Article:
Amid increasing documentation of attacks on people engaged in environmental activism, experts are calling for a global protection regime to defend and support campaigners subjected to harassment and abuse.
“We need to come up with an umbrella organization that looks after environmental activists’ rights and is in a position to launch rapid action that assists those in trouble, like what we see with media organizations,” Emilienne de Leon, a board member of the International Network of Women’s Funds (INWF) told IRIN. (INWF’s mission is to “strengthen the political and financial capacity of Women’s Funds to empower women and girls and redistribute resources to transform their lives and communities”.)
During the first week of August activists, donors and researchers gathered in Bali, Indonesia, for the world’s first international summit on climate and women; a large part of the discussion was centered on attacks on people campaigning to protect the environment.
“We will prepare a document advising donors and others on the way forward and hopefully we will be able to act on the recommendations sooner than later,” de Leon said, adding that the initial plan involves a three-way partnership between Global Green Grants (an environmental sustainability and social justice organization), INWF, and the Urgent Action Fund for Women’s Human Rights.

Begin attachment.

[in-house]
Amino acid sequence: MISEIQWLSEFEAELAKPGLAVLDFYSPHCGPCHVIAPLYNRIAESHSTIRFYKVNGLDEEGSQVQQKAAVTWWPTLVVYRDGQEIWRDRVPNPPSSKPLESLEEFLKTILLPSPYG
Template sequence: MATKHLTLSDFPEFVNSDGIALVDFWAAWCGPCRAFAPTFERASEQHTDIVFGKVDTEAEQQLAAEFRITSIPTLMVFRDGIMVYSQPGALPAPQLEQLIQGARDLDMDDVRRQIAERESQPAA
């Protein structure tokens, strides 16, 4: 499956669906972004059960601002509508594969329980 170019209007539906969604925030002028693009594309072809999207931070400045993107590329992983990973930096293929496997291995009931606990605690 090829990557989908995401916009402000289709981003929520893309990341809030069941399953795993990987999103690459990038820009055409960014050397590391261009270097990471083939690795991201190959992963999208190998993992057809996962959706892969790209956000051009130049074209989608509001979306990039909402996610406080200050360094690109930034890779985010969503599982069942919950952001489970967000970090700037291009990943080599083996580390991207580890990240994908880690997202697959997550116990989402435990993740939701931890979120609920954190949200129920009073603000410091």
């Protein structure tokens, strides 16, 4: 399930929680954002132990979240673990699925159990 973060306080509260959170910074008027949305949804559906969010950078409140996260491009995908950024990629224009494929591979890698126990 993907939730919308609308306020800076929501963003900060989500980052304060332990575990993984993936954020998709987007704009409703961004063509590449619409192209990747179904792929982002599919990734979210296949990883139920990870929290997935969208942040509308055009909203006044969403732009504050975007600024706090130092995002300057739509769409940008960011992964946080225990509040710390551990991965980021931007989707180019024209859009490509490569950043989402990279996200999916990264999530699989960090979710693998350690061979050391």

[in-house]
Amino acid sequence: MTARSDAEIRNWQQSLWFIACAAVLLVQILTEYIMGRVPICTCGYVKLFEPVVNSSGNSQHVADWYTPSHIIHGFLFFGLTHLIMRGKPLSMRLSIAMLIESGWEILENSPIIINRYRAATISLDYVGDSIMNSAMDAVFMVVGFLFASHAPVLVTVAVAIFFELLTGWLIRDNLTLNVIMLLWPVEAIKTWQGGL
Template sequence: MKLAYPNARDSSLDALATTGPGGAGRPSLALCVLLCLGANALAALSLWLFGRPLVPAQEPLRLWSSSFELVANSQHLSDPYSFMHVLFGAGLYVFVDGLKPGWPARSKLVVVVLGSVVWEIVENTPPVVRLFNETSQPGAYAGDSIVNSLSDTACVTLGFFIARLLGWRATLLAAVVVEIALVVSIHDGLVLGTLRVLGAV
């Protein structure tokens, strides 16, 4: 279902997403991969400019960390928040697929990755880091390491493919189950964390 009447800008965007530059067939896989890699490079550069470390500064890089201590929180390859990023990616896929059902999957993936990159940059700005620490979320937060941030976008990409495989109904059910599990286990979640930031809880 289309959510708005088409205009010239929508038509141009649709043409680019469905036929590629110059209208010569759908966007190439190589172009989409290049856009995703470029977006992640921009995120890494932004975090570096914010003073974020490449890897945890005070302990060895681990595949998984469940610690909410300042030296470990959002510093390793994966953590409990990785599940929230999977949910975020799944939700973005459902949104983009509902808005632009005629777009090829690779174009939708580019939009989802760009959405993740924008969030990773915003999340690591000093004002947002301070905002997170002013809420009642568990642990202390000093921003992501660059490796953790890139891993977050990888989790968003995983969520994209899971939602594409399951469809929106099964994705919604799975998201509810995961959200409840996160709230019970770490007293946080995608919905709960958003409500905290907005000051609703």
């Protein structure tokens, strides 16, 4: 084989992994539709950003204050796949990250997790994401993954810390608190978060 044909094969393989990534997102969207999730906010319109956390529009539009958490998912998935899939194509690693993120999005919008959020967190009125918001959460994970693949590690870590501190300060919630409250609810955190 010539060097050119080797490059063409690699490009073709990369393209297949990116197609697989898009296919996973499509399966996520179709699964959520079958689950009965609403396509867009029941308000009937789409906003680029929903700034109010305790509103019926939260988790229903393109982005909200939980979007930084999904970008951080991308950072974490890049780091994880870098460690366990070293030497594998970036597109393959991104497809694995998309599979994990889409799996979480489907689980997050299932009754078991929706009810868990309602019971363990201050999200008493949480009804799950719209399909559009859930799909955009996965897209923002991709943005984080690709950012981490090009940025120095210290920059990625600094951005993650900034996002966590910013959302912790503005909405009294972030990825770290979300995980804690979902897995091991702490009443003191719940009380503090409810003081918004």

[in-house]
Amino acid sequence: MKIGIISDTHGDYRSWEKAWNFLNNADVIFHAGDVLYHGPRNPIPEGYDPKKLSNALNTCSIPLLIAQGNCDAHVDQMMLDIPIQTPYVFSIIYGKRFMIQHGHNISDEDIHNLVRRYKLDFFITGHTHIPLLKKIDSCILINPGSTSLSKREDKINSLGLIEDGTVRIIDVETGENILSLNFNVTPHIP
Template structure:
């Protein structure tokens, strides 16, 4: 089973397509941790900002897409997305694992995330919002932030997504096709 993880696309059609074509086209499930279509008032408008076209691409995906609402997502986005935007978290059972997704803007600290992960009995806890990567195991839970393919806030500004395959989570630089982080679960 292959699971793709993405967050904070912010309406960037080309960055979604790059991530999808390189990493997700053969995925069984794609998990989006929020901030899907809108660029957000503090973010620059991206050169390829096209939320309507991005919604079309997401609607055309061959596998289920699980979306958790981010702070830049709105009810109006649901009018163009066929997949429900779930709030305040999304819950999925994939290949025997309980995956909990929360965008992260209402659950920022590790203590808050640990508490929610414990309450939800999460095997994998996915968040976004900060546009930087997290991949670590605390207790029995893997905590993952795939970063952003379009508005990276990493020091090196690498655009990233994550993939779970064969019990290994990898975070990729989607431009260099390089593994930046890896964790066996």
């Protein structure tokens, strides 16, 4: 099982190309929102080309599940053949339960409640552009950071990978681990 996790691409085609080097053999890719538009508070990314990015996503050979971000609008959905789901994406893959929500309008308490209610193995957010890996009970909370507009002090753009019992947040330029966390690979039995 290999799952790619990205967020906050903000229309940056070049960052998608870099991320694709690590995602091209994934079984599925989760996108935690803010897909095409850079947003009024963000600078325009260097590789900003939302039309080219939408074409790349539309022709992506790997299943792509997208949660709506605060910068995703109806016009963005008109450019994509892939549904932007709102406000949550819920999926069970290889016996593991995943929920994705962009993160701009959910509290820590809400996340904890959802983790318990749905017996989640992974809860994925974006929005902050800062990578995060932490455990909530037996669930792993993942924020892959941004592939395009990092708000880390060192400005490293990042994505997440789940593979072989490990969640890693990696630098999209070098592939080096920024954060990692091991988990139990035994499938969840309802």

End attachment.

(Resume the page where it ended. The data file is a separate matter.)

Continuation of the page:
The need for a global response is becoming more evident as documentation of attacks increases.
A report by Global Witness, an international organization that investigates corruption and environmental degradation, found that between 2002 and 2013 at least 903 citizens engaged in environmental protection work were killed, just shy of the 913 journalists killed in the same time period.
Calling the issue of violence and threats against environmental campaigners “notoriously under-reported”, Global Witness argued in its report Deadly Environment that “the death rate points to a much greater rate of non-lethal violence and intimidation” and noted that “three times as many people were killed in 2012 than 10 years previously, with the death rate rising in the past four years to an average of two activists a week.”
In her 2011 report to the Human Rights Council, Special Rapporteur on Human Rights Defenders Margaret Sekaggya noted that environmental campaigners may be particularly vulnerable to abuse and called for increased attention to their plight, saying: “defenders working on land and environmental issues are particularly disadvantaged due to the often limited knowledge they have about their rights and lack of information on how to claim them, scarce resources and weak organizational capacity.”
As attention gradually increases and more attacks come to light, experts are calling for a coordinated global response mechanism to protect “green” campaigners.
“Attacks are rising and so is their impact on the work that is being carried out on [the] ground,” said Terry Odendhal, executive director at Global Green Grants.
A sustained assault
Aleta Baun, an activist from Indonesia’s Timor island who has campaigned for the past decade against mining companies, said threats and intimidation have not been single incidents but were part of a sustained assault.